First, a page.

History of the Mercedes Benz
Benz built his 1st four wheel vehicle, the Victoria, in 1893, followed by the creation of Velo the following year. That automobile joined the very first auto race between Paris and Rouen, France. 1895 was the very first year of Benz trucks. The very first Mercedes automobile was marketed in 1901, named after the daughter of Emil Jellenek, a wealthy Austrian auto enthusiast who was offering financing.
The year 1923 witnessed fifteen million cars world wide, of which half had been produced by Ford (see Ford history), and 80% were in the United states. In 1924 the two companies Benz and Daimler started an alliance under their separate names. In 1926 both merged, and Mercedes brand production cars began. The combined company made about 8,000 automobiles in 1927, and introduced the first diesel truck. This was a huge improvement from the early post-war years. The three-pointed star started in 1909 and was copyrighted in 1928.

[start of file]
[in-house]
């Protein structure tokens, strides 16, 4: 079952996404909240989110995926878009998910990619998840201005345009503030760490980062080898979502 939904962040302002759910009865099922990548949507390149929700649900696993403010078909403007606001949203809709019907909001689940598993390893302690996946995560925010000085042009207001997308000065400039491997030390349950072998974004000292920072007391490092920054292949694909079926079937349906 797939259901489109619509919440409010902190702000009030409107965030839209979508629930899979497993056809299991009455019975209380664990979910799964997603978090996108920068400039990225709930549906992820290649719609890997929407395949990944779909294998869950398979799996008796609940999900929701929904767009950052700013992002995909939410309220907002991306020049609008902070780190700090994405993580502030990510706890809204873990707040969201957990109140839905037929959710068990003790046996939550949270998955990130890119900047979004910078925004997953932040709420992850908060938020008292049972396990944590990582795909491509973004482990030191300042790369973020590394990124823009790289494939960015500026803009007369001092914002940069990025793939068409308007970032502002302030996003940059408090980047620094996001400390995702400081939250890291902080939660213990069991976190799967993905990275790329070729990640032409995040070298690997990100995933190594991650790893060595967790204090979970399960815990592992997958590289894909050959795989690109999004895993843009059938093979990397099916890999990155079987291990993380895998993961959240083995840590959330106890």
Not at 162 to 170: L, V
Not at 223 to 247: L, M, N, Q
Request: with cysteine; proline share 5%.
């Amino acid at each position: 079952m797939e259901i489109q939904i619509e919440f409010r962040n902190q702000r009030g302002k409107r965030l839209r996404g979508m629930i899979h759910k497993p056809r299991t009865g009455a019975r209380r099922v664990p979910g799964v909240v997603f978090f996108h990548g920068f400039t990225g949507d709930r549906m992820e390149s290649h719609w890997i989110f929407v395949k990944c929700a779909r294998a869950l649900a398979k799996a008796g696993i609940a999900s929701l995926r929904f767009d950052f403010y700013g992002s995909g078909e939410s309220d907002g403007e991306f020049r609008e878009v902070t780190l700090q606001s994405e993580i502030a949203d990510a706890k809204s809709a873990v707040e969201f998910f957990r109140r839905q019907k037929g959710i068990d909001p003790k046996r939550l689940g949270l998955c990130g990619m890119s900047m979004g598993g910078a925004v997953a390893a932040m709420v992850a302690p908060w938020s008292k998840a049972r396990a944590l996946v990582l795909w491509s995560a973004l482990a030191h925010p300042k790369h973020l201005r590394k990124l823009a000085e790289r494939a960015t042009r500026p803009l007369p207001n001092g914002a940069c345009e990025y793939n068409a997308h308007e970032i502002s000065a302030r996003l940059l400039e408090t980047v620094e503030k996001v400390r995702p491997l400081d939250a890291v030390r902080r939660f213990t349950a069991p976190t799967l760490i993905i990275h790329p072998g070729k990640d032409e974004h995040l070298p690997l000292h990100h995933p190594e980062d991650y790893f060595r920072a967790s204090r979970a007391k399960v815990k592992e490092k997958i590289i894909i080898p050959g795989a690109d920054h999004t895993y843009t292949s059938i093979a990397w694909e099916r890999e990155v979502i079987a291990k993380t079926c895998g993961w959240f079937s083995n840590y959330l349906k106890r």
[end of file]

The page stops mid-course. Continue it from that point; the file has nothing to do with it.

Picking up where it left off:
Probably the most Notable Mercedes Benz Automobiles In History
The company introduced the 770 Grosser, its largest and most lavish car ever, in 1930, to a world still spinning from the Wall Street crash. Weighing about 6000 pounds and powered by a 7.6 liter V-8 engine, it was the epitome of wealth. In 1931 it launched yet another innovation, the model 170, with the first-ever 4 wheel independent suspension. For the duration of the thirties Mercedes continued its racing achievement. In 1937 the 200 mile an hour W125 won seven out of 13 races. The pre-war 170V sedan was generally the same vehicle when post-war production started again in 1948.
In the mid 50s the firm created the super-fast 300SL sports vehicle with upward opening doors, and race-bred refinements. These days it is a desired collector’s item. In the late fifties, it made the first crumple zone body design, built to endure a crash while keeping the occupants secure. About that time, the provider produced a contract with the Studebaker-Packard Corporation whereby Mercedes automobiles will be sold through their dealer network. When Studebaker went out of business in the mid sixties, it is dealers continued marketing Mercedes-Benz automobiles.
In 1963 the limousine-sized 600 model pioneered air suspension. Daimler-Benz merged with the Chrysler Corporation (see Chrysler history) in 1998. The merger was dissolved in 2007 after management disagreements. That year the initial Mercedes hybrid models were offered. Right after world war two, the very first factory outside Germany started in Argentina, and the brand is now built in several nations.